The Scottish Government is preparing COVID-19 guidance relating to music organisations in Scotland, including pipe bands.

Guidance was issued on Monday (24th) that pertained to those working in Scotland’s performing arts and those in formal training for associated professional careers. This guidance relates to rehearsal, recording, broadcast, pre-production, creative-learning related activities and performances without an audiences.

However, it remains the case that performing arts venues still cannot open to the public for live performances with an audience. The guidance is relevant to those planning an outdoor performance.

Fiona Hyslop.

Fiona Hyslop, the Scottish Government’s Economy Secretary, said: “Because of the particular concerns relating to aerosol transmission, a cautious approach to the playing of wind and brass instruments, including bagpipes, is required and this will be reflected in the guidance. Research into this transmission risk is ongoing and will continue to inform decisions and guidance.

“… Amateur music organisations, and the talented individuals who work with them, are an essential part of the fabric of Scotland’s culture and communities and promote our international reputation, and the Scottish Government is determined that they will survive and be able to thrive again.”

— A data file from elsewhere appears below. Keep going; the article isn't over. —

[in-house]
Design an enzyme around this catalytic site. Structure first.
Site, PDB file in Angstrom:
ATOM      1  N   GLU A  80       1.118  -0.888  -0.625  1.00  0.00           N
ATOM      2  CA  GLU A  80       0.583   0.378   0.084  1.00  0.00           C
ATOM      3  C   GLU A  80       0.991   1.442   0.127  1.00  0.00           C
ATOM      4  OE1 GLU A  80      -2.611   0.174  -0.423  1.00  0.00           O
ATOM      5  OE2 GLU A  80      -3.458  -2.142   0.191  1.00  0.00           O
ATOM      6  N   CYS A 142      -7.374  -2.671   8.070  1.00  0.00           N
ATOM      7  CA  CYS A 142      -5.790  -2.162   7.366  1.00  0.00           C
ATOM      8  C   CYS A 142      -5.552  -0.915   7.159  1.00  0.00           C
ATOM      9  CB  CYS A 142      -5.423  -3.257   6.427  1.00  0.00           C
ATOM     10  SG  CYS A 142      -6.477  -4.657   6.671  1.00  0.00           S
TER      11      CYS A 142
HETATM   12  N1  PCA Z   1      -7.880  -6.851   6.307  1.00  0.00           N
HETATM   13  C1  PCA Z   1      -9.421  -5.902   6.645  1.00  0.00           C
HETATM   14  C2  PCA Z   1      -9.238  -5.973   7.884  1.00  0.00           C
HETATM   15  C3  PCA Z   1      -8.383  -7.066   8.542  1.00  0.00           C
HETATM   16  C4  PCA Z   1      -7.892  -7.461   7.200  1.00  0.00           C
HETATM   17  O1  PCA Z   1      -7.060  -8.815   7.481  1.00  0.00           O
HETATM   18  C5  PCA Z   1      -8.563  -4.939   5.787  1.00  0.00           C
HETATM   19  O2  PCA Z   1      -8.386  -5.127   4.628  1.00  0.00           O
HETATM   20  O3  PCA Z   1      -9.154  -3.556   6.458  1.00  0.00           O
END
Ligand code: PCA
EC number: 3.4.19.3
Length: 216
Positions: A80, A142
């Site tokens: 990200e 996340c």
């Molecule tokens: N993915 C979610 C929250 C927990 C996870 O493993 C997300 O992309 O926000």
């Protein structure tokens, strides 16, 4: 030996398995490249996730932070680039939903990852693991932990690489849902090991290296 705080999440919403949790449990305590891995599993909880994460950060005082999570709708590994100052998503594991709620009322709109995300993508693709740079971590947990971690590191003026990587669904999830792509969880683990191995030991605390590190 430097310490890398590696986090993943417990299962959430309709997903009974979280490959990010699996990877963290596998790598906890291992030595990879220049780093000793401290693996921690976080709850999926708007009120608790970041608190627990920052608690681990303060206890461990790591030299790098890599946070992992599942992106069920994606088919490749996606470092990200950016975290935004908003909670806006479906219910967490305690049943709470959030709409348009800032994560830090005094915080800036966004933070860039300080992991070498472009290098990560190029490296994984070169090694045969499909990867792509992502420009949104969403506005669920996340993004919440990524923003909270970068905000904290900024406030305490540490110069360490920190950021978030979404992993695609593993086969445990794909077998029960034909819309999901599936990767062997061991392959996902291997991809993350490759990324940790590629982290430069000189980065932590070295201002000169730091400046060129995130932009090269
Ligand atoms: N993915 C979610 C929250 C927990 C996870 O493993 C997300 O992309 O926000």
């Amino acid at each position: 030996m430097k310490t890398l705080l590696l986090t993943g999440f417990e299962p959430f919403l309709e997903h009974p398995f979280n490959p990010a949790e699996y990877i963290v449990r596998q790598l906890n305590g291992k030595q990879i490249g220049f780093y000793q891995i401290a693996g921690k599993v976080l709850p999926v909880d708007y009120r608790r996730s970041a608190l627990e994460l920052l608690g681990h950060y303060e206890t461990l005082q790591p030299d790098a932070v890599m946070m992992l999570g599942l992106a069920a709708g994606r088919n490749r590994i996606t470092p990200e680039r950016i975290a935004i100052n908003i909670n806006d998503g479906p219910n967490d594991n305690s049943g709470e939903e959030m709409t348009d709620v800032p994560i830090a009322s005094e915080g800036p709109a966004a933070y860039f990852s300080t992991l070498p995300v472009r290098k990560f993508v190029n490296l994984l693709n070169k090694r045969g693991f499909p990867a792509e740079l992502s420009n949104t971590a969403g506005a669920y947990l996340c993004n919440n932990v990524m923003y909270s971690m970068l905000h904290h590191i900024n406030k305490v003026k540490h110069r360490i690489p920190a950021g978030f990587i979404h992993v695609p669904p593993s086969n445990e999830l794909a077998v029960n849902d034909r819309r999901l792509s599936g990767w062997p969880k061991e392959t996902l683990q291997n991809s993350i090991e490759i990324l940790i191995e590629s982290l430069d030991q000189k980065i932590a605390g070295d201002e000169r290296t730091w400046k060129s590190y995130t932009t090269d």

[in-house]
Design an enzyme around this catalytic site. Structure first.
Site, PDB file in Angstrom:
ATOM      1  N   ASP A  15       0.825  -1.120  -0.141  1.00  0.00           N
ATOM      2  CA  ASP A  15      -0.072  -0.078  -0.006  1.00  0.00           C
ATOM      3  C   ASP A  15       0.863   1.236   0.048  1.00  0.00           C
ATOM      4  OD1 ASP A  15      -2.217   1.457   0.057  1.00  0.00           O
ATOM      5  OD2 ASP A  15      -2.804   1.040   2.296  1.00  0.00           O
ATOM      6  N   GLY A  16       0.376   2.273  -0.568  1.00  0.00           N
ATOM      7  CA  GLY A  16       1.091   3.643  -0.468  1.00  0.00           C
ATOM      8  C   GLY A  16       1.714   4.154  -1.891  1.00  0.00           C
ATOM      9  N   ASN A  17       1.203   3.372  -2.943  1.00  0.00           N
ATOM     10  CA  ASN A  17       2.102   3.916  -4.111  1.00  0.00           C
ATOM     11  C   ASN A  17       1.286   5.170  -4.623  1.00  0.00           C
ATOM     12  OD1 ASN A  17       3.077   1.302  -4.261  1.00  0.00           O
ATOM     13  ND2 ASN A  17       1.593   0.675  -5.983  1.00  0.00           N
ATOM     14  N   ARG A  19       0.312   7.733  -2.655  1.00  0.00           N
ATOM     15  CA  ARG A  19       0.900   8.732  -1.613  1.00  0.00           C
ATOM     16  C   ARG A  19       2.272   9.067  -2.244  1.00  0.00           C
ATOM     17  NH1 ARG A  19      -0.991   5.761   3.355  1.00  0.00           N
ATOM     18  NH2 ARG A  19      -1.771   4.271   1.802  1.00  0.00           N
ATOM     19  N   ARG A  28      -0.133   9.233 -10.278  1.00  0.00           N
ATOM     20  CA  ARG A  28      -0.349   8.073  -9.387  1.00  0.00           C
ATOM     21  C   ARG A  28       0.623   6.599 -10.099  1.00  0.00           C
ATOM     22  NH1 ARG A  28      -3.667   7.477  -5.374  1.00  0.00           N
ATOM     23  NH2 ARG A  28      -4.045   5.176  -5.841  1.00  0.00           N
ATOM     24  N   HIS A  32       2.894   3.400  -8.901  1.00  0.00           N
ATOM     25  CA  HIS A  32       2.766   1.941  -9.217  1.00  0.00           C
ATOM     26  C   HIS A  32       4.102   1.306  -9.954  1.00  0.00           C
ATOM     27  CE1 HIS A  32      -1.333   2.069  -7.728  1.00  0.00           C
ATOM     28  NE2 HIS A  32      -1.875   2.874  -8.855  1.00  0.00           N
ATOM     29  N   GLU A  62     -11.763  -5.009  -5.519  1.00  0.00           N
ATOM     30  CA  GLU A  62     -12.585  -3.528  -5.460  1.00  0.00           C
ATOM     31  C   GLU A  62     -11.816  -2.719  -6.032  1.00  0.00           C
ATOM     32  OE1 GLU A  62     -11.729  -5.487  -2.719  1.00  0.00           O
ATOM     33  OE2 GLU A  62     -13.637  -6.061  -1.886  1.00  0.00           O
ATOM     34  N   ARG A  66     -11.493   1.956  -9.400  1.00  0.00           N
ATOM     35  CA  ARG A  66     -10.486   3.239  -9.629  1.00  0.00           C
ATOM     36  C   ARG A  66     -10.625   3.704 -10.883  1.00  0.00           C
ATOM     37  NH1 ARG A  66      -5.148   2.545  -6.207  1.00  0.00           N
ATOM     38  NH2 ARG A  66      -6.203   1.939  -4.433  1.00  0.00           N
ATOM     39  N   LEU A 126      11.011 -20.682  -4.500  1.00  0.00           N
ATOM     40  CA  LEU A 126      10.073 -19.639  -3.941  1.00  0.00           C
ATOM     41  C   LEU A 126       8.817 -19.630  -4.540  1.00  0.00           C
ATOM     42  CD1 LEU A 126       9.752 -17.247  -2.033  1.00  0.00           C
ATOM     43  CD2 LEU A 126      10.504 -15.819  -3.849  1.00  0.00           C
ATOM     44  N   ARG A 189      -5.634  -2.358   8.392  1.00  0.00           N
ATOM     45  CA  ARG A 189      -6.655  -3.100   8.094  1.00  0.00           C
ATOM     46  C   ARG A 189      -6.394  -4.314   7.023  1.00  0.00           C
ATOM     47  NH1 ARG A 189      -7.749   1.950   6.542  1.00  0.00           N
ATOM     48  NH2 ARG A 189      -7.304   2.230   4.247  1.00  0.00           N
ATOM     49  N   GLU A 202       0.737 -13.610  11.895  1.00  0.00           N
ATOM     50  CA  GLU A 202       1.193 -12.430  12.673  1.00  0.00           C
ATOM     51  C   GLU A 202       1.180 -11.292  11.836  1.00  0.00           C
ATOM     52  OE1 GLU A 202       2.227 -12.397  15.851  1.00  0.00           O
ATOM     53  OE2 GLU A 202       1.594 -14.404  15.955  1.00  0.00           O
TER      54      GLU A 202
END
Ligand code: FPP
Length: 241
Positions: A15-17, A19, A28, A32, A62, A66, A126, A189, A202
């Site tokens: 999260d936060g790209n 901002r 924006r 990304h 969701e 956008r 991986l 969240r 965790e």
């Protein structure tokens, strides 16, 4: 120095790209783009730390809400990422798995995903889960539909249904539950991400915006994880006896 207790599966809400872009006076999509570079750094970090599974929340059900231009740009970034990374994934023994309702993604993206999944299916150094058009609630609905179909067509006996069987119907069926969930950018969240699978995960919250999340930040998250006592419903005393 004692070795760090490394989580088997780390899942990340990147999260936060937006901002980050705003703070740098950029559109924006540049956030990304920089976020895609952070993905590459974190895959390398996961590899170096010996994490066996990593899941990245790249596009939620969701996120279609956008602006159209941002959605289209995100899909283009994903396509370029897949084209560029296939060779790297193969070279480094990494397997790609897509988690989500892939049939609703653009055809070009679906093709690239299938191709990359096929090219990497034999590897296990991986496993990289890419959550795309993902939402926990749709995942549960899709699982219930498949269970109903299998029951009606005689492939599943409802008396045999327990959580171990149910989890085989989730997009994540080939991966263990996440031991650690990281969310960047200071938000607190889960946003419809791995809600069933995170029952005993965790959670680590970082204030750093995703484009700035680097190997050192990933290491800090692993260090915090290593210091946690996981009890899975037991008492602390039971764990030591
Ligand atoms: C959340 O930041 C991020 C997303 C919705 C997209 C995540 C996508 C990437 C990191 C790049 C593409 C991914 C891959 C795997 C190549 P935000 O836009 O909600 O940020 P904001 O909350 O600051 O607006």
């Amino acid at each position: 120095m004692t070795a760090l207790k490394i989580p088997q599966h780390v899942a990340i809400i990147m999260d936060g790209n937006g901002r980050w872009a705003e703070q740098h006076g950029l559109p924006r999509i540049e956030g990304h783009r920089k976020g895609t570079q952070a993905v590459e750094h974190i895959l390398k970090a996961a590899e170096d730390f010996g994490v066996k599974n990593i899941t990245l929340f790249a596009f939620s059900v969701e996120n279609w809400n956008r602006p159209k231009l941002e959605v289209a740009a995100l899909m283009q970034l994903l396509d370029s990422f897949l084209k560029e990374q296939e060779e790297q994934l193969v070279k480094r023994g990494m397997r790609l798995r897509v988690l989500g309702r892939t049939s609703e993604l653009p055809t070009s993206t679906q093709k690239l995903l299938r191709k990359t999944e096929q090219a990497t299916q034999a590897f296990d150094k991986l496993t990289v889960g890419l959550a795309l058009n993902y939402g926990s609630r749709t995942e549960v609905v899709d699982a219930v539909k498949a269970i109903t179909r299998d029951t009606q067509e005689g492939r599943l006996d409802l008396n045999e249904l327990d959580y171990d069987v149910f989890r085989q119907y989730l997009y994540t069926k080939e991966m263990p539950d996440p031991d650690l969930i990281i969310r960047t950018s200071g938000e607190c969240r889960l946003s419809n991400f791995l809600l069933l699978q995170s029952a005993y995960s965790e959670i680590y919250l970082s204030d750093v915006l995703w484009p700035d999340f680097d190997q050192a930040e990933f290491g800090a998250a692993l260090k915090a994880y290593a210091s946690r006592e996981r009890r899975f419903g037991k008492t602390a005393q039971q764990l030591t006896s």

The updated guidance is expected within the next few days. It will be accessible HERE.

* The National Piping Centre is in the initial stages of commissioning a scientific study into the effects of playing bagpipes in relation to aerosol and droplet emission. This is essential research which will allow decisions to be made on how to move forward as safely as possible. So far, there have been tentative scientific studies into how the virus relates to other musical instruments, e.g. vuvuzela, trombone, clarinet and choirs etc, but none on the great highland bagpipe.

A documentary has been made about Simon Fraser University Pipe Band’s 1995 World Championship win, their first victory at the Worlds, having been placed second on three occasions. It was the second time with title went to a Canadian band, the 78th fraser Highlanders being the first in 1987.

L-R: Pipe Sergeant Jack Lee, Leading Drummer John Reid Maxwell and Pipe Major Terry Lee shortly after SFU’s 1995 win.

The tunes played by SFU in its medley were: Tom Wilson, Mrs Sharon Duthart, The Hag at the Churn, Scatter the Mud, Our Ain Fireside, MacBeth’s Strathspey, T. Bowen’s Reel and Back of the Moon. In the MSR, the band played Lord Alexander Kennedy, Caledonian Society of London and John MacKechnie.

Thirty bands had entered Grade 1 that year: 14 were bands based in Scotland, six in Ireland, five in Canada, two in New Zealand, two in Australia and one in South Africa.

A seeding system was in operation for the first time which saw bands compete in reverse order of the result of the previous major championship, with bands that didn’t play slotted into the draw. Thus, the order of play was based on the results of the Scottish Championships held in Stirling in June. SFU competed at the ‘Scottish’ that year and won in the pouring rain.

SFU Pipe Band, 1995 World Champions.

The 1995 Worlds that year was held at Scotstoun Showground, an athletics and rugby union stadium in the west end of Glasgow. The conditions at the venue proved unsatisfactory and were described on BBC Radio Scotland’s piping programme as “diabolic”.

The bands assembed for the finale at 4.30pm and it was almost 7.00pm when they were able to leave the field.

Watch the ‘mini-documentary here.